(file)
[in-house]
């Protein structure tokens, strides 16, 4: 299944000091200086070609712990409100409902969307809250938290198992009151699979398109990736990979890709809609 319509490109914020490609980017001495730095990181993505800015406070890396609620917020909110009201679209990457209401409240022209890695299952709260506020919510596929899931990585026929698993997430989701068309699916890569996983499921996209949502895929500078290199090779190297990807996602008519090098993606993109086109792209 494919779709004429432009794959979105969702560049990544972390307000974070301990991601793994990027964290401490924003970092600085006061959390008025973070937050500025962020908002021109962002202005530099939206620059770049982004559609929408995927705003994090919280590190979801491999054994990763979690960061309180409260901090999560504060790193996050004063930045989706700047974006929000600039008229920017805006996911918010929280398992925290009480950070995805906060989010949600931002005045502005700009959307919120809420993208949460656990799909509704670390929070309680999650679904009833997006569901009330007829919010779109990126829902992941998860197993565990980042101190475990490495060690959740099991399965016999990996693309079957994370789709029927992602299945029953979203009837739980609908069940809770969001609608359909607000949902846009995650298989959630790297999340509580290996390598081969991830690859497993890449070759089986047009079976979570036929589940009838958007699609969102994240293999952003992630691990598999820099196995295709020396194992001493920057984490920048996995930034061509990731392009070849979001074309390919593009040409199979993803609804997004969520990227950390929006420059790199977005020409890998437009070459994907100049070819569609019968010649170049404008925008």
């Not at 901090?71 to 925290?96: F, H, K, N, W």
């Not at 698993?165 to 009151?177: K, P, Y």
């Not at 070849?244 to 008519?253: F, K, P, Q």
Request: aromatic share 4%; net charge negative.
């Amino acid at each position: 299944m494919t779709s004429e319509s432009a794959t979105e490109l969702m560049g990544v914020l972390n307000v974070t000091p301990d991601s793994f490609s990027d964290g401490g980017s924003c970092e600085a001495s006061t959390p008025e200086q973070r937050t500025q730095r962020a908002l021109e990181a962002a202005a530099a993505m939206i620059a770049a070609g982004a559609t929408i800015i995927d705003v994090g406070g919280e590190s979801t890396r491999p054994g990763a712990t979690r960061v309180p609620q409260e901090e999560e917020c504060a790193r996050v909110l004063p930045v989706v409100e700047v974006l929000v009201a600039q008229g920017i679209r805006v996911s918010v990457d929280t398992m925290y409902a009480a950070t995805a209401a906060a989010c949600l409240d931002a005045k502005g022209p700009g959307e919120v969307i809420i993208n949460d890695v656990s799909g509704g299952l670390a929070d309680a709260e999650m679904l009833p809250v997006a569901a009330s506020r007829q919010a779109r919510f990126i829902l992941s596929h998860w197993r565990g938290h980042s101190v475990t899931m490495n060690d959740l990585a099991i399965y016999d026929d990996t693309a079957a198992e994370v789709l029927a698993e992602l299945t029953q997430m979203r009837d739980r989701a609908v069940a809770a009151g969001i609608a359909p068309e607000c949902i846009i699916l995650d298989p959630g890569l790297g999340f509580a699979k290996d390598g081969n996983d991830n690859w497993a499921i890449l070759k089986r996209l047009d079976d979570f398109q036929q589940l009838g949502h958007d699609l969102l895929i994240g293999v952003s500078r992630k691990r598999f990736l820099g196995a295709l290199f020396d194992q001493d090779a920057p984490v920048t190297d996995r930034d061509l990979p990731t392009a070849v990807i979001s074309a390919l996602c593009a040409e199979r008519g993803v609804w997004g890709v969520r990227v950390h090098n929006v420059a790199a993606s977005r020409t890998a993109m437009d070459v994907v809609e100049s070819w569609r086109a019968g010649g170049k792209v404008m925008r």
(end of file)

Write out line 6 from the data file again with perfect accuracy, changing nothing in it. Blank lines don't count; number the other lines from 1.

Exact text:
Request: aromatic share 4%; net charge negative.